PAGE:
Philip Prindeville wrote:
> Karsten Bräckelmann wrote:
>> Please, do not paste a gigantic blob of multipart MIME messages. Put it
>> up somewhere, raw, and simply provide a link.
>>
>>
>> On Sat, 2008-02-16 at 18:44 -0800, Philip Prindeville wrote:
>>
>>> Anyway, I have no idea why I'm seeing some of these scores. URL
>>> matches when there aren't even URL's in my message?
>>>

>>
>> There are. Self-inflicted. The ones in square brackets with the leading
>> 550 code, which you seem to keep sending back and forth.
>>

>
> And just *mentioning* the domain name, without any sort of valid URL
> (ftp: or http: or anything of the sort) is going to match it as a
> URL? That's highly bogus.
>
> A domain name alone does not a URL make.

You tell that to most windows-based clients, which will automatically
make clickalble URLs out of things like www.google.com in text sections.


>
>> Oh, and DNS_FROM_OPENWHOIS probably is http://open-whois.org/, which
>> gives you a hint about what it actually is. The hit itself pretty much
>> mentions this...
>>

>
> Yeah, I read this. And I don't get that either.
>
> How does having your domain be anonymous (for whatever reason... maybe
> you're a small company operating below the radar) make your email any
> more likely to be spam????

Decidedly so. The people with the strongest reason to hide their contact
information are the spammers, and other shady businesses.

That's not to say they're aren't some legitimate folks that use this
kind of anonymization. However, the "domains by proxy" model is a
questionable practice, as it violates the spirit of the whois
requirements. Also, many of them violate the letter of the requirements,
such as the phone issue noted on the open-whois main page. (ie: anyone
registered using securewhois is not correctly reigstered, per ICANN
requirements for whois)


>
>>> TVD_STOCK1? There's no mention of stock anywhere in the message.
>>>

>>

Not sure, you migth want to try running it with debugging on.
The debug message from the code would be:

dbg("eval: stock info hit: $1");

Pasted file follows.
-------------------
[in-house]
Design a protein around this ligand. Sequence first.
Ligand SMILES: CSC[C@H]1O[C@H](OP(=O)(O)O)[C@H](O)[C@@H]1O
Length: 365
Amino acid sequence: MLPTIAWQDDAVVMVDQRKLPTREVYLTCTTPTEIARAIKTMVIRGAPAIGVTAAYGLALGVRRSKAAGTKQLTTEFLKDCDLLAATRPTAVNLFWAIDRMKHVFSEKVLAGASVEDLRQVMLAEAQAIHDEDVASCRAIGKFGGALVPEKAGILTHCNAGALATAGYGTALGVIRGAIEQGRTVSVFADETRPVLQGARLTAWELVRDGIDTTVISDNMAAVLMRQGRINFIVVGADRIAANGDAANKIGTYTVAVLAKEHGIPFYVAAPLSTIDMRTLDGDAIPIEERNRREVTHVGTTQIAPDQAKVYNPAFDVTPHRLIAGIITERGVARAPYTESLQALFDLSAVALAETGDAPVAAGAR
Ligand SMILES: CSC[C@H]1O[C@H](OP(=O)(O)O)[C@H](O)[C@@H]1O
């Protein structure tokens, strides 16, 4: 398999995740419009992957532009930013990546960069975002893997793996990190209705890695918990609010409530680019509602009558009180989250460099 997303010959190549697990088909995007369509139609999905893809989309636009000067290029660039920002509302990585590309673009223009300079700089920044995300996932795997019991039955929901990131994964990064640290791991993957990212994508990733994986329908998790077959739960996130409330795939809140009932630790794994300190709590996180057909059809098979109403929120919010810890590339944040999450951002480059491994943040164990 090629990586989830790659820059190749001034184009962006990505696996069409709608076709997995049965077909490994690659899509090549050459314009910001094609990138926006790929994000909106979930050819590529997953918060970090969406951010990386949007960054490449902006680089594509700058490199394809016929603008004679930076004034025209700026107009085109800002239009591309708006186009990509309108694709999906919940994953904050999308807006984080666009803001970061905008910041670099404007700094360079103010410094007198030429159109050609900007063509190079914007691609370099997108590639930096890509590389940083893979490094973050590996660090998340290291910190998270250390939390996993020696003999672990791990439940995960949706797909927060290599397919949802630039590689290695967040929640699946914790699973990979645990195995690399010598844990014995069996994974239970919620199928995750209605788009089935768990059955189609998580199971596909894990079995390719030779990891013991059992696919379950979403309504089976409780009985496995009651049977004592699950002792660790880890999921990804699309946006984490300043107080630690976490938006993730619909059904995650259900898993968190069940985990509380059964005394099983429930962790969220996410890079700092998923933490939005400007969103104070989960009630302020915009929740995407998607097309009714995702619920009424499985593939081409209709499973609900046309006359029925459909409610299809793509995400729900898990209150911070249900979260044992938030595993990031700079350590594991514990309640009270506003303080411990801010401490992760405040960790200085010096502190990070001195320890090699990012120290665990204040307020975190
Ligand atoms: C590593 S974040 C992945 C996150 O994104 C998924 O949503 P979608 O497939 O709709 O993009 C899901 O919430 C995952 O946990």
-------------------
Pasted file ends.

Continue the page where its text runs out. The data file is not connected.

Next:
That should tell you what exact substring matched the stock info code.

>> From a quick glimpse of the code, it appears to identify common words
>> used in stock (as in stock exchange, pump-n-dump penny stocks) spam. It
>> does not search for the word "stock". Just as pretty much no rule in SA
>> ever searches for single words only...
>>

>
> Again, I didn't see anything that should legitimately be causing this
> rule to fire, and certainly not with such a high score for such an
> unreliable rule.


>
>
>>> Why am I seeing all of these bogus matches?
>>>

>>
>> From what I can tell, and what you sent us, they don't appear to be
>> bogus.
>>

>
> Depends on whether you equate bare domains with URL's, I suppose.

If MUA's equate them with URLs, spammers will use this, and SpamAssassin
will use it.

>
>>> I looked on the wiki for some of these, but couldn't find descriptions.
>>>
>>> What should I do? Just block their domain? I don't want to deal with
>>> their misconfiguration issues.
>>>

>>
>> Apparently you already exchanged messages? Try not sending the offensive
>> mail in question. Put it up somewhere as reference, if need be. Hmm,
>> sounds familiar...
>>
>> guenther
>>
>>
>>

>
> No, I sent them back the offending email, initially. Which they
> marked as spam (bloody brilliant, of course it's spam, otherwise I
> wouldn't be bothering to report it.... what else do they expect to
> come to their "Abuse" mailbox, anyway???).
>
> So I sent back the SA scores back to them, and that's the part that I
> pasted previously.
>
> How do you report Spam to such a site that's going to block your Spam
> reports for being... well, Spam!

Well, it's stupid, and probably a RFC violation to perform such
filtering on your abuse box. So, I'm not saying the domain in question
isn't behaving foolishly. You might want to point this out to them, and
suggest they whitelist their abuse address. At the very least, ask them
if they have an alternate reporting address that isn't filtered.